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posted on 17 February 2017

Rail Week Ending 11 February 2017: Long Rolling Averages Slow Improvement Continues

Week 6 of 2017 shows same week total rail traffic (from same week one year ago) improved according to the Association of American Railroads (AAR) traffic data.

Analyst Opinion of the Rail Data

We review this data set to understand the economy. If coal and grain are removed from the analysis, rail over the last 6 months been declining around 5% - but this week shows -3.4 % (meaning that the predicitive economic elements declined year-over-year).

The rolling averages improved - but that is mostly due to coal and grain.

This analysis is looking for clues in the rail data to show the direction of economic activity - and is not necessarily looking for clues of profitability of the railroads. The weekly data is fairly noisy, and the best way to view it is to look at the rolling averages (carloads and intermodal combined).

Percent current rolling average is larger than the rolling average of one year ago Current quantities accelerating or decelerating Current rolling average accelerating or decelerating compared to the rolling average one year ago
4 week rolling average +5.3 % accelerating accelerating
13 week rolling average +3.4 % decelerating accelerating
52 week rolling average -4.1 % accelerating accelerating

A summary of the data from the AAR:

The Association of American Railroads (AAR) today reported U.S. rail traffic for the week ending February 11, 2017.

For this week, total U.S. weekly rail traffic was 518,431 carloads and intermodal units, up 2.6 percent compared with the same week last year.

Total carloads for the week ending February 11 were 253,670 carloads, up 3.9 percent compared with the same week in 2016, while U.S. weekly intermodal volume was 264,761 containers and trailers, up 1.5 percent compared to 2016.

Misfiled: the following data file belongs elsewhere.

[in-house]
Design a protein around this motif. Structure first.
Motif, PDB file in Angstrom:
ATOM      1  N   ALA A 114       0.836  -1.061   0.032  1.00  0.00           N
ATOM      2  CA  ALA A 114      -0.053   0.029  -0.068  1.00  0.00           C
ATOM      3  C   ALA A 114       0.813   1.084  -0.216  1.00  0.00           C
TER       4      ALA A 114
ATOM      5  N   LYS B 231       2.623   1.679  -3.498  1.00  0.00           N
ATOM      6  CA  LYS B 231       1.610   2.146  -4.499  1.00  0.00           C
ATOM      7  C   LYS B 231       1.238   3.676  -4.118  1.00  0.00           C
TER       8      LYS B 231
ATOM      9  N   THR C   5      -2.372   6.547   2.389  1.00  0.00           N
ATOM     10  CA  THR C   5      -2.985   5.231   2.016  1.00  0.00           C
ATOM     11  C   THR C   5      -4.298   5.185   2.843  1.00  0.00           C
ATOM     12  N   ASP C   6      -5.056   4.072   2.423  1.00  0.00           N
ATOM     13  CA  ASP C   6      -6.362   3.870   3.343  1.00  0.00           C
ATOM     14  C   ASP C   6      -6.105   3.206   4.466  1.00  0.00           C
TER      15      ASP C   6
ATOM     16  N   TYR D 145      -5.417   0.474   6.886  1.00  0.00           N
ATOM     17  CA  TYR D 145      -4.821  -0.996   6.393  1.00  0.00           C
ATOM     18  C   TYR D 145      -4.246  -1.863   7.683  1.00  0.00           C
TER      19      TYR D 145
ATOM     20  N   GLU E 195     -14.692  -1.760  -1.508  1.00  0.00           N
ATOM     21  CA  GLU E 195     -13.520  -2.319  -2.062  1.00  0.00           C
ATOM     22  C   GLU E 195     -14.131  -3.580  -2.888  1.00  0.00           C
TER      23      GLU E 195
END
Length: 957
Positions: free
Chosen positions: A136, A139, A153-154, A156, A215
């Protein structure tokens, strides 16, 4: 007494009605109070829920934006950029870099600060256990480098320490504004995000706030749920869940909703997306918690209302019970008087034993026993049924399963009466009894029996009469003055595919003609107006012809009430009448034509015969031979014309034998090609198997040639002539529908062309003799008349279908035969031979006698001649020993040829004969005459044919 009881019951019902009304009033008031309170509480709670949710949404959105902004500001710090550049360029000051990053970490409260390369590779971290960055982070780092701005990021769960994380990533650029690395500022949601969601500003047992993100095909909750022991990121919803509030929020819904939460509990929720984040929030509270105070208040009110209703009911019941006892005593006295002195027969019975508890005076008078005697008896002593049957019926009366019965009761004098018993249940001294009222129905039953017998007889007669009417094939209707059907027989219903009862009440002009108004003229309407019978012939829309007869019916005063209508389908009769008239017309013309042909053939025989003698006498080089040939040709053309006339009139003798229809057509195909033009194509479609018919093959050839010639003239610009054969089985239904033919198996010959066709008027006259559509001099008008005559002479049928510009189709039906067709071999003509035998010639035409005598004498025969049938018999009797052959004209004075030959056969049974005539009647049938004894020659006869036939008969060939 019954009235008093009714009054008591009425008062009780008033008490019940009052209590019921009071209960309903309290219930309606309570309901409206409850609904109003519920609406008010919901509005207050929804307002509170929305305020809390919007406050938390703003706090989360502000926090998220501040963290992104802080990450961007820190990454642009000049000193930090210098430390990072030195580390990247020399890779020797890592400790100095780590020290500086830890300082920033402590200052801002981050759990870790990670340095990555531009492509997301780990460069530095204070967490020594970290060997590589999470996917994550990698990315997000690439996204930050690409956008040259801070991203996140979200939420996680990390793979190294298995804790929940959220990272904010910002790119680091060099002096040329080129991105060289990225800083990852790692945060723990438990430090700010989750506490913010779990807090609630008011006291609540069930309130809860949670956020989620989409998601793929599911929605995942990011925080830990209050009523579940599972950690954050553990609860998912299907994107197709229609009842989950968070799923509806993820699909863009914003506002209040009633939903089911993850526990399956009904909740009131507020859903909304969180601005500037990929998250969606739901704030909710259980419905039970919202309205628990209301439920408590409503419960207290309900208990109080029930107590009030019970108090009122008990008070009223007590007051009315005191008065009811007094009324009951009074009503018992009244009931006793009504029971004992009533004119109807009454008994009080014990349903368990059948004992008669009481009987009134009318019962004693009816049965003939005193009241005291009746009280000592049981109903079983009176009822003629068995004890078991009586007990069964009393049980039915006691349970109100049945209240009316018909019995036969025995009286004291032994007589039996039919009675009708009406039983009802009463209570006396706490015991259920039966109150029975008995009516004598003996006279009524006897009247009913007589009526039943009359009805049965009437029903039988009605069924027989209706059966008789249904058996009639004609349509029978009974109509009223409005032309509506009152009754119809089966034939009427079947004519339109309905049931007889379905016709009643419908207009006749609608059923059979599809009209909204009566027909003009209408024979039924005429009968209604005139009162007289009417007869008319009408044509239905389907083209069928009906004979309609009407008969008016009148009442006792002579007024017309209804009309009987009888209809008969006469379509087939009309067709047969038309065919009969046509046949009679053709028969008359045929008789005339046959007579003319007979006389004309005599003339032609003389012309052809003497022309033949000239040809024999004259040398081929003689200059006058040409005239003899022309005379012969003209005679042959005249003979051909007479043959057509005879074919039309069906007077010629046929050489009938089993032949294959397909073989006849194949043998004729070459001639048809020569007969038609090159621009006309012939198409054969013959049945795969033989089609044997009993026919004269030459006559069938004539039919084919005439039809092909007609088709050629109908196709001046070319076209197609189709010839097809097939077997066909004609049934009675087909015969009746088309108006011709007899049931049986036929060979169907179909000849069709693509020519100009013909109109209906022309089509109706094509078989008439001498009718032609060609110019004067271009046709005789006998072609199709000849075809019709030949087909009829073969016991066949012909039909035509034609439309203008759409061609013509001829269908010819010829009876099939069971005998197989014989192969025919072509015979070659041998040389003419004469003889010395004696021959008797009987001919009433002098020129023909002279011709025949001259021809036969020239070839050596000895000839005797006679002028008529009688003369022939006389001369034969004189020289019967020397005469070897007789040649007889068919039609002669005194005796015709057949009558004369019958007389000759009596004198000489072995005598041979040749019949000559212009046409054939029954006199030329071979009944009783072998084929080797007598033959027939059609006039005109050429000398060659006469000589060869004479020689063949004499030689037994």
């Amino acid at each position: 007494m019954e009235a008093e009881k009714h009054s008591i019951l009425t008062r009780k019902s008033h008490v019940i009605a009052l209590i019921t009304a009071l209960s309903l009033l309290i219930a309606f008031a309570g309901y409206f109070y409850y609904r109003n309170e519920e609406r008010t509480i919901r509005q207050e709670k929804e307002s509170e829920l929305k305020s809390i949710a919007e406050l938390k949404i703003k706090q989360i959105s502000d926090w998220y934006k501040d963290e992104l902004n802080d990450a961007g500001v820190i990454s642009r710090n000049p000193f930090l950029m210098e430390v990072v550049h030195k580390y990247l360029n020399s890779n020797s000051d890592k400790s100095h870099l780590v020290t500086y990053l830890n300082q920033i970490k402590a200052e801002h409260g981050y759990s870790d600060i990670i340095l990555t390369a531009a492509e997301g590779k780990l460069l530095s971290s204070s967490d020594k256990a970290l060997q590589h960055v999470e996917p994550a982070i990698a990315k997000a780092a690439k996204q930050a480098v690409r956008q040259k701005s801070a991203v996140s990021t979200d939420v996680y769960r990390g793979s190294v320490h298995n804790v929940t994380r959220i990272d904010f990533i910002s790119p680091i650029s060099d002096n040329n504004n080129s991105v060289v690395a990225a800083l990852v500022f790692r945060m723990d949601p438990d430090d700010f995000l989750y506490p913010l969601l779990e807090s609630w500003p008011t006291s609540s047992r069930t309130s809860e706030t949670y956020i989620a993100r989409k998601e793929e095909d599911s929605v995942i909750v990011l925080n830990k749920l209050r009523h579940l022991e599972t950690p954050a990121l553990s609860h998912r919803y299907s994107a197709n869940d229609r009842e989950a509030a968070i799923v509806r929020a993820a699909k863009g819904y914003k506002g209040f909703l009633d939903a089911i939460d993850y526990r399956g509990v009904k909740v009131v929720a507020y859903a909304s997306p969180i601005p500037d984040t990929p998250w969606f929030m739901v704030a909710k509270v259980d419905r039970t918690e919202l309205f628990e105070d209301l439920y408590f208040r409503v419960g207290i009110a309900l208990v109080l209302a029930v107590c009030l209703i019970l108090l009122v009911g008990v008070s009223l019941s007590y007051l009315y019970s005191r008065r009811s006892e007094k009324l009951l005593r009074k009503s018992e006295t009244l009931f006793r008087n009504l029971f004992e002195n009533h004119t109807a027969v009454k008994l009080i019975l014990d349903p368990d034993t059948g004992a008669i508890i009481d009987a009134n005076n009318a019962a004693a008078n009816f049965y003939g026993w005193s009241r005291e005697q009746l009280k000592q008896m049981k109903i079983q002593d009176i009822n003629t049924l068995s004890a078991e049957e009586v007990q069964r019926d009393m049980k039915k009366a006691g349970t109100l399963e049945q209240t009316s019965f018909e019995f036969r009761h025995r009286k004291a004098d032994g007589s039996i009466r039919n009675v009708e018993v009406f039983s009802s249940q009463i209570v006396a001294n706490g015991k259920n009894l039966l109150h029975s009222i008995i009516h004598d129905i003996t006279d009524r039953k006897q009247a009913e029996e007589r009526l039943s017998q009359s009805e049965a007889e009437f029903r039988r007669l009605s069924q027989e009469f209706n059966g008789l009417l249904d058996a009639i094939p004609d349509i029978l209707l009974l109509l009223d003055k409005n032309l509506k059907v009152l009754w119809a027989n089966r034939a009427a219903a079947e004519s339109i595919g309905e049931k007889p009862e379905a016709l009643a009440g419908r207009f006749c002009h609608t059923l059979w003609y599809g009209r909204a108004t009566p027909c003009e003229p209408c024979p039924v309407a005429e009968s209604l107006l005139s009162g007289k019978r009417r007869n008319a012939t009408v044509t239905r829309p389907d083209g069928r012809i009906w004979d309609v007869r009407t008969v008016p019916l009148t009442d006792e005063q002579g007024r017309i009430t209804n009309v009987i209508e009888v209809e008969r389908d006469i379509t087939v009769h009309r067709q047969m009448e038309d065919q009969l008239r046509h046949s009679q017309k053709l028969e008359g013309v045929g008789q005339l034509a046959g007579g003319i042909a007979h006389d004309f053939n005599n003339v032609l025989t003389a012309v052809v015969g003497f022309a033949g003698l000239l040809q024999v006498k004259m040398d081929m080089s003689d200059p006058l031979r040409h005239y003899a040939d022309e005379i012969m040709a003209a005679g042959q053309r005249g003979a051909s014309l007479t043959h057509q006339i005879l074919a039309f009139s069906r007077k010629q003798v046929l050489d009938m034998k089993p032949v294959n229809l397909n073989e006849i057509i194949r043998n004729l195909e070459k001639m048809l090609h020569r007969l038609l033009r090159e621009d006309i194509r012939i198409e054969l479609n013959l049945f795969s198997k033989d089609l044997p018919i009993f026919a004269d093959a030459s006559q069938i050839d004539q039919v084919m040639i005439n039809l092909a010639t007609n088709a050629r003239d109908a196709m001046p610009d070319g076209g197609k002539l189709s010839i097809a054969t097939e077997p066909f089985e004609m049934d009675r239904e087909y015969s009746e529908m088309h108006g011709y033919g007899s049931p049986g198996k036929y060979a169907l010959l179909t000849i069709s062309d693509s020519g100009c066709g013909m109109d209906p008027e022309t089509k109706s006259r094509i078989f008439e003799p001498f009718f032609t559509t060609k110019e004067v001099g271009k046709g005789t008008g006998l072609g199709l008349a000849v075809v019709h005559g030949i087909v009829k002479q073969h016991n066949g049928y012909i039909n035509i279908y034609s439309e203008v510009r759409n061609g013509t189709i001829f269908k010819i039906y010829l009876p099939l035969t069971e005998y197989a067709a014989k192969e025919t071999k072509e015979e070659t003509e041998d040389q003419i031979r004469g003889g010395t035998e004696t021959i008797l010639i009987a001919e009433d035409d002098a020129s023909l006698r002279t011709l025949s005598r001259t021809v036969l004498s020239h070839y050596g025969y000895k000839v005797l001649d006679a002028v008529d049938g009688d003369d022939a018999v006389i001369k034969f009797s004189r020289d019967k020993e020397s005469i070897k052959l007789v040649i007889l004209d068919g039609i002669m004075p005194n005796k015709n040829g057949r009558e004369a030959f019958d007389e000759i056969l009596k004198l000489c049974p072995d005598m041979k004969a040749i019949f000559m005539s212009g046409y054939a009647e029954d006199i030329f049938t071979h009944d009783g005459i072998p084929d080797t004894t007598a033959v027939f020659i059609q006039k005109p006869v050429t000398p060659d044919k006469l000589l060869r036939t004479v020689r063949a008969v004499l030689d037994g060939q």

Three of the 10 carload commodity groups posted an increase compared with the same week in 2016. They were coal, up 18.7 percent to 89,318 carloads; nonmetallic minerals, up 4.2 percent to 30,850 carloads; and metallic ores and metals, up 0.8 percent to 19,348 carloads. Commodity groups that posted decreases compared with the same week in 2016 included petroleum and petroleum products, down 13.6 percent to 9,763 carloads; grain, down 8.5 percent to 20,477 carloads; and forest products, down 7 percent to 9,614 carloads.

For the first 6 weeks of 2017, U.S. railroads reported cumulative volume of 1,520,237 carloads, up 4.5 percent from the same point last year; and 1,557,309 intermodal units, down 0.4 percent from last year. Total combined U.S. traffic for the first 6 weeks of 2017 was 3,077,546 carloads and intermodal units, an increase of 2 percent compared to last year.

Coal is over 1/3 of the total railcar count, and this week the EIA says coal production is 21.9 % higher than the production estimate in the comparable week in 2016.

The middle row in the table below removes coal and grain from the changes in the railcar counts as neither of these commodities is economically intuitive.

This Week Carloads Intermodal Total
This week Year-over-Year +3.9 % +1.5 % +2.6 %
Ignoring coal and grain -3.4 %
Year Cumulative to Date +4.5 % -0.4 % -+2.0 %

[click on graph below to enlarge]

z rail1.png

For the week ended February 11, 2017

  • Estimated U.S. coal production totaled approximately 16.5 million short tons (mmst)
  • This production estimate is 3.1% lower than last week's estimate and 21.9% higher than the production estimate in the comparable week in 2016
  • East of the Mississippi River coal production totaled 6.5 mmst
  • West of the Mississippi River coal production totaled 10 mmst
  • U.S. year-to-date coal production totaled 95.9 mmst, 16.3% higher than the comparable year-to-date coal production in 2016

Coal production from EIA.gov

Steven Hansen



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